The city has hosted international events such as the 2002 United Nations Conference on Financing for Development with the participation of more than 50 heads of state and government, as well as other ministers and senior delegates from over 150 countries. The conference resulted in the adoption of the Monterrey Consensus, which has become one relevant reference point for international development and cooperation. In 2004, the OAS Special Summit of the Americas was attended by almost all the presidents of the Americas.
In 2007, Monterrey held the Universal Forum of Cultures with four million visitors. In 2008, Monterrey held the FINA World Junior Championships.
In 2010, Monterrey was hit by another damaging storm, Hurricane Alex. Alex was considered worse than Hurricane Gilbert, with record breaking rain bringing floods, and causing severe economic damage. Damage estimates totaled $1.885 billion USD, and in $16.9 billion MXN. After this event the city was under reconstruction and urban renewal. Recently, the project Nuevo León Development Plan 2030 was presented, along with some other metropolitan projects.
The city of Monterrey is 540 metres (1,770 ft) above sea level and located in the northeastern Mexican state of Nuevo León. The Santa Catarina River dry most of the year on the surface but with flowing underground water bisects Monterrey from East to West, thus separating the city into north and south halves, and drains the city to the San Juan River and Rio Grande.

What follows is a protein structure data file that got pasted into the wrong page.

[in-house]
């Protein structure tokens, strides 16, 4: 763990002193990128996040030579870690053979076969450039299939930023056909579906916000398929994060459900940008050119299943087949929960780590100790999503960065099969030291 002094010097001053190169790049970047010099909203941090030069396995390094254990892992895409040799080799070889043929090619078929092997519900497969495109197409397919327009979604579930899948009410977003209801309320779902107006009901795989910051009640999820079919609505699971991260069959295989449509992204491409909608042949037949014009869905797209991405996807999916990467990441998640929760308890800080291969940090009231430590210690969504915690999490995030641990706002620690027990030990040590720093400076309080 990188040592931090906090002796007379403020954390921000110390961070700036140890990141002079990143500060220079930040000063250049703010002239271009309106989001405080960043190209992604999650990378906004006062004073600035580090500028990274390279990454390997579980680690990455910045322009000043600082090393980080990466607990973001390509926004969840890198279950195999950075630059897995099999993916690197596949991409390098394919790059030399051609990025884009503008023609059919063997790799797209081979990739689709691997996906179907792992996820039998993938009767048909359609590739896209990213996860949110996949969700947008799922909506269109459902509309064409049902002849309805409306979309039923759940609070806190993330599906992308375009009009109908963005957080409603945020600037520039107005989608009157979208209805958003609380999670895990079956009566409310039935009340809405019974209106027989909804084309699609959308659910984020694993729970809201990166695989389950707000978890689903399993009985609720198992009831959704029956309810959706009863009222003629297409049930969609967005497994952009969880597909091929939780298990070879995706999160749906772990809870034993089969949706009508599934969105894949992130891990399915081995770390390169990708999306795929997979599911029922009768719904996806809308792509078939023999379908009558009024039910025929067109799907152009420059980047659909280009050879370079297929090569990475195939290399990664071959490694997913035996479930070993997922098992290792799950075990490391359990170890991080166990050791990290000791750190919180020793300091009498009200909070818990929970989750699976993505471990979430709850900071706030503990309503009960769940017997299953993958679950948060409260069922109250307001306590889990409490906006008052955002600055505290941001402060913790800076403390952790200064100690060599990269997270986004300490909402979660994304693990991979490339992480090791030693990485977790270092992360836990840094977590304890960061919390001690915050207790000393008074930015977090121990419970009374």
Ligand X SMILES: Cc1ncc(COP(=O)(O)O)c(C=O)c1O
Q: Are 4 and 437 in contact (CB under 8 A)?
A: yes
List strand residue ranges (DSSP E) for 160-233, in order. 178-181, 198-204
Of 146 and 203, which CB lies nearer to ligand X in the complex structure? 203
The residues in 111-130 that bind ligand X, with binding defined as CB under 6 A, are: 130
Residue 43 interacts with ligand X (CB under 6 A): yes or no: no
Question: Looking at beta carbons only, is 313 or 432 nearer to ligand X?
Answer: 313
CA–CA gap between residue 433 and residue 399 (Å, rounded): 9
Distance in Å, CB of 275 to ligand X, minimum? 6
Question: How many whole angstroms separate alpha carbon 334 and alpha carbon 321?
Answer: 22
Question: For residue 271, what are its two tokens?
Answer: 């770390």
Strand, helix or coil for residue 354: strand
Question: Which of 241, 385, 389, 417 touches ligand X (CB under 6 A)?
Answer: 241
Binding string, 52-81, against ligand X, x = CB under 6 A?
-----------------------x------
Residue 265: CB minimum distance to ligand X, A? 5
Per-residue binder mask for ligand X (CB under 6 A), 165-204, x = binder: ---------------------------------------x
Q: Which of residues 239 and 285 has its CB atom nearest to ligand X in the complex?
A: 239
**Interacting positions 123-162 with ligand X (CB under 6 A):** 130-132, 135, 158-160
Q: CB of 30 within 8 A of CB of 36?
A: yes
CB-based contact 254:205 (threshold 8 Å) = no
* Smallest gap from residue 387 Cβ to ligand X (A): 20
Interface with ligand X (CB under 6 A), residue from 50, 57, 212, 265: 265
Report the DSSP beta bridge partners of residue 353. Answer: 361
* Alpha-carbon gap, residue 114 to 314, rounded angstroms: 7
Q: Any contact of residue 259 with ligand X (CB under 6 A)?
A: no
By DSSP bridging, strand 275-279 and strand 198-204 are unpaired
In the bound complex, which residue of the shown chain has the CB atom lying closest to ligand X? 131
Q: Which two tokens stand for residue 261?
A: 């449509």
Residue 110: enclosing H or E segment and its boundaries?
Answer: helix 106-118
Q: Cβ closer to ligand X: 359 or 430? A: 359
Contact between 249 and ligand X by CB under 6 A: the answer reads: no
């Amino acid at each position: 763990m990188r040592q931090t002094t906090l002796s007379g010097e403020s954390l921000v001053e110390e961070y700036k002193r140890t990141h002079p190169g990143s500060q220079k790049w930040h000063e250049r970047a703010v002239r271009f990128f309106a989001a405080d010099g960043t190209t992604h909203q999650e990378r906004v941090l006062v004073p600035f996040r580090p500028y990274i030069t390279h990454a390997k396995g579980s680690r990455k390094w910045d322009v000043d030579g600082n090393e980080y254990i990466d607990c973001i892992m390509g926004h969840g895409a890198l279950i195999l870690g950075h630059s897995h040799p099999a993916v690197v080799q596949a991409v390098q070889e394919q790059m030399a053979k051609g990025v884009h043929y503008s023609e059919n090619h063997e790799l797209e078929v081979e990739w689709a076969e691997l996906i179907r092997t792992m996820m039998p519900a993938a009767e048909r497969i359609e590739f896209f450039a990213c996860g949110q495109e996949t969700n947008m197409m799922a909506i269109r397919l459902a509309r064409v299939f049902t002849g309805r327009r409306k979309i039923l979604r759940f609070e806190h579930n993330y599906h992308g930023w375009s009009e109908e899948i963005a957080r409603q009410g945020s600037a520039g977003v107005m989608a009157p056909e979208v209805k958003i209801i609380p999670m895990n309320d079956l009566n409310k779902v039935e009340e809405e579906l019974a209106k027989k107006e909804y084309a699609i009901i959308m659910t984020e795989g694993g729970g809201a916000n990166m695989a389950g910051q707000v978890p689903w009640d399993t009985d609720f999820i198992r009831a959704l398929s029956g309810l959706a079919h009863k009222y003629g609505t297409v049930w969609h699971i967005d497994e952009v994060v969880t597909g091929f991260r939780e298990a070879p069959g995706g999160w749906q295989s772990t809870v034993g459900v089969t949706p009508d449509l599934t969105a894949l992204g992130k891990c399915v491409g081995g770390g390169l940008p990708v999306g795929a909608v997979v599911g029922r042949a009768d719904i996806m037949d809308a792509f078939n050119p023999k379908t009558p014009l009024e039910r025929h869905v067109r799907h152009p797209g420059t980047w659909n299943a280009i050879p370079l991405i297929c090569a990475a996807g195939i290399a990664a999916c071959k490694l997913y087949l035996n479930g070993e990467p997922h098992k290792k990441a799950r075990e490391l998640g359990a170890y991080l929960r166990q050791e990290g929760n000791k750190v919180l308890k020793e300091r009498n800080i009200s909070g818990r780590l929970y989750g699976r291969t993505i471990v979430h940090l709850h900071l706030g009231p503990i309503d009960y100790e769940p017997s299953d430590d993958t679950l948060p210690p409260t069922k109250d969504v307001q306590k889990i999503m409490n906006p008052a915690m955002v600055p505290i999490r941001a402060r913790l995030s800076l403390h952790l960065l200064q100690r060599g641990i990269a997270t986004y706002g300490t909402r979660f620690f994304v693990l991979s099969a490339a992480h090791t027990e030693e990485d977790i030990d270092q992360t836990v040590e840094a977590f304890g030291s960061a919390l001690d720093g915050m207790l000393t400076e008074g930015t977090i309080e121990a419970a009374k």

Monterrey is adjoined to San Nicolás de los Garza, García and General Escobedo to the north; Guadalupe, Juárez and Cadereyta Jiménez to the east; Santiago to the south; and San Pedro Garza García and Santa Catarina to the west.
Monterrey lies north of the foothills of the Sierra Madre Oriental mountain range. A small hill, the Cerro del Topo and the smaller Topo Chico are located in the suburbs of San Nicolás de los Garza and Escobedo. West of the city rises the Cerro de las Mitras (Mountain of the Mitres), which resemble the profile of several bishops with their mitres.
Cerro de la Silla (Saddle Mountain) dominates the view east of the city. Cerro de la Loma LargaSouth of the Santa Catarina river separates Monterrey from the suburb of San Pedro Garza García. At the summit of the Cerro del Obispado, north of the river, is the historic Bishopric Palace, site of one of the most important battles of the Mexican-American War.
The mountains surrounding Monterrey contain many canyons, trails and roads that cross deserts and forests. Suitable trails are available to the general public. The Sierra Madre Oriental mountains south of the city are included in the "Parque Nacional Cumbres de Monterrey" (National Park), which was added to UNESCO’s Man and the Biosphere (MAB) Program of Biosphere Reserves in 2006.
Cumbres de Monterrey includes:
Parque Ecológico Chipinque, which contains forested areas (oak and oak-pine mainly).